Shoulder Rest for

Edited: November 21, 2021, 7:31 PM · Hi fantastic violin community,

I am a professional violinist with a doctorate degree in performance. After many years of changing my set up to fit my body type, I have been experimenting with a much more "slanted" approach to playing, where the violin is raised much higher on the "shoulder side". This works much better for me, as I have hands and thumbs that have an angle relative to the body that are different than the "general population". I will spare you all the details for now, as this is not the main interest of this discussion.

Long story short, what I am wondering is if anyone knows of a shoulder rest model that can measure as high as 4 inches from "violin body" to point of contact with the actual shoulder? The other side of the shoulder rest should be about 1.5 inches.

I have been using a custom made shoulder rest with pieces of foam but it's hard to keep it attached to the violin (see this video of me playing) around the 16:48 minute mark where the foam falls off in a concert:

It's a great custom-made rest, but there has GOT to be a better way to keep it on!

Daniel

Replies (10)

November 21, 2021, 7:42 PM · The falling off and slipping and sliding and general nuisance is the reason I ditched the SR for a tall chinrest instead. Try a Kreddle chinrest as an elegant alternative to putting stilts on your violin :)
November 21, 2021, 8:04 PM · Cotton, as he's saying, it's about his hands and not his neck, and the whole point is to tilt more, not less.

(Similarly, I use a shoulder rest mainly to tilt my viola, not to raise it.)

November 21, 2021, 8:24 PM · I agree with Cotton: it's better to rise the chinrest in place of rise the viola (in my case) with a shoulder rest.
Watch this page:
www.violinistinbalance.org
November 21, 2021, 8:26 PM · I stumbled across a few no-brand shoulder rests on Amazon which actually give the height on either end of the SR which is helpful, and spotted a few which were 3.5-4cm on the shorter end. Though this was in the UK. This was one of them:

https://www.amazon.co.uk/gp/product/B07JFCSZTH/ref=ppx_yo_dt_b_asin_title_o00_s00?ie=UTF8&psc=1

Then maybe just switch the leg on the other side to something longer from another rest/brand like the kun extra long.

November 21, 2021, 10:17 PM · I also ditched my shoulder rest, but if the angle is what you seek I would have to agree with Cotton. Get a taller chin rest and then just use a regular shoulder rest to get the angle you want on the shoulder side. The taller chin rest will take care of the rest of the height.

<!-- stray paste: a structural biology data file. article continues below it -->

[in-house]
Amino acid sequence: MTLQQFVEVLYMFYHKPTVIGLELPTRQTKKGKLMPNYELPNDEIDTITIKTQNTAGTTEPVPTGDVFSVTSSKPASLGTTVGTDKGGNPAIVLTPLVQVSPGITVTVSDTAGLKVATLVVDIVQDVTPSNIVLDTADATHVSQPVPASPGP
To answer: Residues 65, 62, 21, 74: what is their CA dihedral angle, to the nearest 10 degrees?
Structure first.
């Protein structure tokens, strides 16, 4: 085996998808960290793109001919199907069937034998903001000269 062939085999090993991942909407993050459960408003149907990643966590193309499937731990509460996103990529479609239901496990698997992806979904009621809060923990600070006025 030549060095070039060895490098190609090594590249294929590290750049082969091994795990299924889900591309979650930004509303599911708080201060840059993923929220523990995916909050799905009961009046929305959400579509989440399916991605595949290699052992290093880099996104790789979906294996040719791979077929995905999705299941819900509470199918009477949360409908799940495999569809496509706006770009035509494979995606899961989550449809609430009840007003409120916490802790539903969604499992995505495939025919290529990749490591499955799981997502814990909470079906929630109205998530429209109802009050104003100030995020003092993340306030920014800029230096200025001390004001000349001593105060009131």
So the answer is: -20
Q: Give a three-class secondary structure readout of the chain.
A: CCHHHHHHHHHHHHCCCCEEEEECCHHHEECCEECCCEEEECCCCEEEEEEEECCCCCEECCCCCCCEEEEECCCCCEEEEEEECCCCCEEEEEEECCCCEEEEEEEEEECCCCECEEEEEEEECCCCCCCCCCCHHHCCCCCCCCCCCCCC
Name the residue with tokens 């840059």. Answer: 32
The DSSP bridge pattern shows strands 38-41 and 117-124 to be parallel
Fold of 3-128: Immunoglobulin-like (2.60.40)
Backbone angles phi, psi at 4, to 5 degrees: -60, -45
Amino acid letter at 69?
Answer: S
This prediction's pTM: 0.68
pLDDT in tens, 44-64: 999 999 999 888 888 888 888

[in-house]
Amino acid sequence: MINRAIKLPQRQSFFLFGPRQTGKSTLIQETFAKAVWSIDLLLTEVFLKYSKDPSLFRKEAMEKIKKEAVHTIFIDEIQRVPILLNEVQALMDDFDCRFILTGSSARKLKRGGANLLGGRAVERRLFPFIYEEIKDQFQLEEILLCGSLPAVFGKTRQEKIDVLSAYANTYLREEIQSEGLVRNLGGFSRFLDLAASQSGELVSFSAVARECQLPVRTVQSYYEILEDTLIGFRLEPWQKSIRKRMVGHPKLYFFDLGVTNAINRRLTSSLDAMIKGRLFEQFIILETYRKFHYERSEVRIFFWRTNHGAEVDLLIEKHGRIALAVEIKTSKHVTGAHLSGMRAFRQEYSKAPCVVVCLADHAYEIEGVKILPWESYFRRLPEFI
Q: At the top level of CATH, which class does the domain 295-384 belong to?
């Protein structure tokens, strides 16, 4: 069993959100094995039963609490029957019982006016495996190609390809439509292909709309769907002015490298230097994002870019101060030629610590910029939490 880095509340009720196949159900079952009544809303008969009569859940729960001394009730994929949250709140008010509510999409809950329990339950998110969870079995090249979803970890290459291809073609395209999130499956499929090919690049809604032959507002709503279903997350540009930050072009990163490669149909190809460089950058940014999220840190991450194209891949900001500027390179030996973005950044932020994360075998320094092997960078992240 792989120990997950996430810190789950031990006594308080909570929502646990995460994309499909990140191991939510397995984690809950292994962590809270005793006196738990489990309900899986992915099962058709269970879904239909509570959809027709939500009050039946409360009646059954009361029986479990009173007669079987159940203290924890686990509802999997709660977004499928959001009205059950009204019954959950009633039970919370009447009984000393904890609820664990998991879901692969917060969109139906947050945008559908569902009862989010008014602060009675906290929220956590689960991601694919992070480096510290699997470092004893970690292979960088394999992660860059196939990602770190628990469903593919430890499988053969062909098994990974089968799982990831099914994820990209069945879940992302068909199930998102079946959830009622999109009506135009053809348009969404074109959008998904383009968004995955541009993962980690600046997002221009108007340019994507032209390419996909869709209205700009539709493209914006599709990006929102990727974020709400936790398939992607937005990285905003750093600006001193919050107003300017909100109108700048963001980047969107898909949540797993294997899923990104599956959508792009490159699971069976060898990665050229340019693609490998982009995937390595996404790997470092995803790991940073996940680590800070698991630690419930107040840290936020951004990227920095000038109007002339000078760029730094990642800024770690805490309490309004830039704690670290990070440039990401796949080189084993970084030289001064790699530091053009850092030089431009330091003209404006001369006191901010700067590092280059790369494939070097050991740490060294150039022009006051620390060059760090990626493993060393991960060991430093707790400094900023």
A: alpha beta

Speaking of which, Cotton what do you think about the kreddle? I'm currently using an SAS which is a little similar, but I've been curious about the kreddle for my violin and viola.

November 21, 2021, 10:51 PM · On the Kun S.R. the shoulder side leg is shorter than the other side. You can switch them. For something even longer, they sell an extra-high leg as a replacement part. 4 inches between the back of the fiddle and the shoulder?!. That's a lot. Maybe you can get the desired tilt by lowering the other end of the S.R.?
November 22, 2021, 9:02 AM · I’ve noticed Charlie Siem plays his violin on a steep angle, almost vertical at times. I think he uses a Wolf Forte Secondo shoulder rest with a very thin CR.
November 22, 2021, 10:02 AM · The Bonmusica comes to mind, since it has almost a "hook" going over the shoulder, which might help keep the instrument in place at that angle. You might have to get some custom parts to achieve the 4" height at the chest point, though.
November 22, 2021, 12:34 PM · I agree with those who suggest switching the legs on the shoulder rest around. Most models have a longer leg on the chest side since most people need height on that side, but for some people, raising the shoulder side higher than the chest side is necessary. While a higher chinrest can certainly help, getting an extra long leg onto the shoulder side of, say, a Kun, could be a good starting point.
Edited: November 23, 2021, 11:03 AM · I do as Ella says, with a 30° tilt on violin, and 45° on viola: I often want a warm vibrato with my stubby pinky on the lowest string!

However, I'm still seeking better stability from the extra-long screw on the Kun. So far, I link the screw legs to the lower violin corners with a loops of cotton shoe-lace, while seeking a more elegant solution..

BTW I played "restless" for some time, but I couldn't get the beautiful low tones going round in my head, nor those silky ones at the top half of the A-string.

(And using the left hand to support the instrument is a bit like trying to lift the chair you are sitting on..)


Facebook Twitter YouTube Instagram Email

Violinist.com is made possible by...

Shar Music
Shar Music

Yamaha Silent Violin
Yamaha Silent Violin

Pirastro Strings
Pirastro Strings

Corilon Violins
Corilon Violins

Los Angeles Philharmonic
Los Angeles Philharmonic

Dimitri Musafia, Master Maker of Violin and Viola Cases
Dimitri Musafia, Master Maker of Violin and Viola Cases

Violinist.com Shopping Guide
Violinist.com Shopping Guide

Metzler Violin Shop

Bein & Company

Bay Fine Strings Violin Shop

Leatherwood Bespoke Rosin

Annapolis Bows & Violins

Los Angeles Violin Shop

String Masters

Bobelock Cases

Things 4 Strings LLC

Violin-Strings.com

Viola-Strings.com

Baerenreiter

Fiddlerman.com

FiddlerShop

Sleepy Puppy Press

Jargar Strings

J.R. Judd Violins, LLC

Southwest Strings

Nazareth Gevorkian Violins

Laurie's Books

Discover the best of Violinist.com in these collections of editor Laurie Niles' exclusive interviews.

Violinist.com Interviews Volume 1
Violinist.com Interviews Volume 1, with introduction by Hilary Hahn

Violinist.com Interviews Volume 2
Violinist.com Interviews Volume 2, with introduction by Rachel Barton Pine

Subscribe